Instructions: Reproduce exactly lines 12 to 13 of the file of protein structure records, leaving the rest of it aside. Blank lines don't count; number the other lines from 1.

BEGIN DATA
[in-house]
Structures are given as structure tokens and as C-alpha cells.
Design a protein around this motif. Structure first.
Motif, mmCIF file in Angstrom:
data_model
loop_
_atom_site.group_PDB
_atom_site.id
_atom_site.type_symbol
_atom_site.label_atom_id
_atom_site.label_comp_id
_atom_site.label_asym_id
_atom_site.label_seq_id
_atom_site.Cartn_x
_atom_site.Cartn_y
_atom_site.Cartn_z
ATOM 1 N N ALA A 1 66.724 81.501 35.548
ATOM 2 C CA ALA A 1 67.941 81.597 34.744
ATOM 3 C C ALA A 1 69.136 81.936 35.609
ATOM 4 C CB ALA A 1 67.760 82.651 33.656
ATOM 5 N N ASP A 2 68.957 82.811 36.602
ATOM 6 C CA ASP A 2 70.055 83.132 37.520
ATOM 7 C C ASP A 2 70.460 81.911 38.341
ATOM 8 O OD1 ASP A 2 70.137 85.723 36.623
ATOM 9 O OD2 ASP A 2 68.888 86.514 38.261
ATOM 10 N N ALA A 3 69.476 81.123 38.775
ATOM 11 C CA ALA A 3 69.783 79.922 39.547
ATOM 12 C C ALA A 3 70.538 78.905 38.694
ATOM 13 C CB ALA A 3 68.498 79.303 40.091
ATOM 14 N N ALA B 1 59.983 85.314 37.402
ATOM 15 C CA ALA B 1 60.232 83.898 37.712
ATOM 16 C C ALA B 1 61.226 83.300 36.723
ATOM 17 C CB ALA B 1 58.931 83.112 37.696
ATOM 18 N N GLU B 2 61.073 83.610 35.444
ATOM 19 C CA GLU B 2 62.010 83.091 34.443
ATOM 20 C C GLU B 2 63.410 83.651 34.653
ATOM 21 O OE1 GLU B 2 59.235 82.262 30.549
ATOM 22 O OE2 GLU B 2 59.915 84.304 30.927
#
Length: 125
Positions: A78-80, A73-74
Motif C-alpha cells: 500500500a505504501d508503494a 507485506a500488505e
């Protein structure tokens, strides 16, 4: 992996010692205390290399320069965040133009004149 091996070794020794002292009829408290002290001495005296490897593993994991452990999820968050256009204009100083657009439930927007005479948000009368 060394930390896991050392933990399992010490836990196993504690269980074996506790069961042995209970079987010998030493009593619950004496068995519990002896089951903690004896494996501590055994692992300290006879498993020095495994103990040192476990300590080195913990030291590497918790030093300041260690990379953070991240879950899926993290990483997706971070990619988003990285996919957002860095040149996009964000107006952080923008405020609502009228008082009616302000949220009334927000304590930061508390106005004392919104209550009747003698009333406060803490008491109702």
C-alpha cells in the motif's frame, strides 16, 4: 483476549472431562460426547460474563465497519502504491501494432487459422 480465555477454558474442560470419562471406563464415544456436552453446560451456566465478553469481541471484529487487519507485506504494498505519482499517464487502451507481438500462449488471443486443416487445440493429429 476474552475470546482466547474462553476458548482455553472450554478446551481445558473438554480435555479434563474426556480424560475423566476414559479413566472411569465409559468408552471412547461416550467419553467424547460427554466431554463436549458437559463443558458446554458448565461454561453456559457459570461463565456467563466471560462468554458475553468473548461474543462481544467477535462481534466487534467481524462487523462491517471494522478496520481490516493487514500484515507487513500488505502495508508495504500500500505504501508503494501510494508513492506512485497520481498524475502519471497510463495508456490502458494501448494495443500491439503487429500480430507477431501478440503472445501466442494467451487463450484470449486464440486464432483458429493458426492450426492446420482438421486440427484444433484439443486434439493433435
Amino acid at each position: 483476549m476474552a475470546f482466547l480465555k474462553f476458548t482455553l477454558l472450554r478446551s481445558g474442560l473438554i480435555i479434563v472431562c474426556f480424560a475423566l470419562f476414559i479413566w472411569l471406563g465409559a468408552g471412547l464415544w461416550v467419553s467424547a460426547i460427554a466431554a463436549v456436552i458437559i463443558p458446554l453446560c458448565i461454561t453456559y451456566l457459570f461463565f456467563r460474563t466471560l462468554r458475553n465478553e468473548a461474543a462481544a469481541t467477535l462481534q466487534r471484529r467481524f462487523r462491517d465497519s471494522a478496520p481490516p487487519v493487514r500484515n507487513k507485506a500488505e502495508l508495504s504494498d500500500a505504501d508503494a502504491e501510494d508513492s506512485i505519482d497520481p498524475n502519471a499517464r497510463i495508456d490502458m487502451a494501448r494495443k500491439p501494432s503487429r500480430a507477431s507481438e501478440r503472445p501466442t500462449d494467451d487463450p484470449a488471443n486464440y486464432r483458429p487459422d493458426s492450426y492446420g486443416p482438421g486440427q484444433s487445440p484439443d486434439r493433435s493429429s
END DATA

_atom_site.label_asym_id
_atom_site.label_seq_id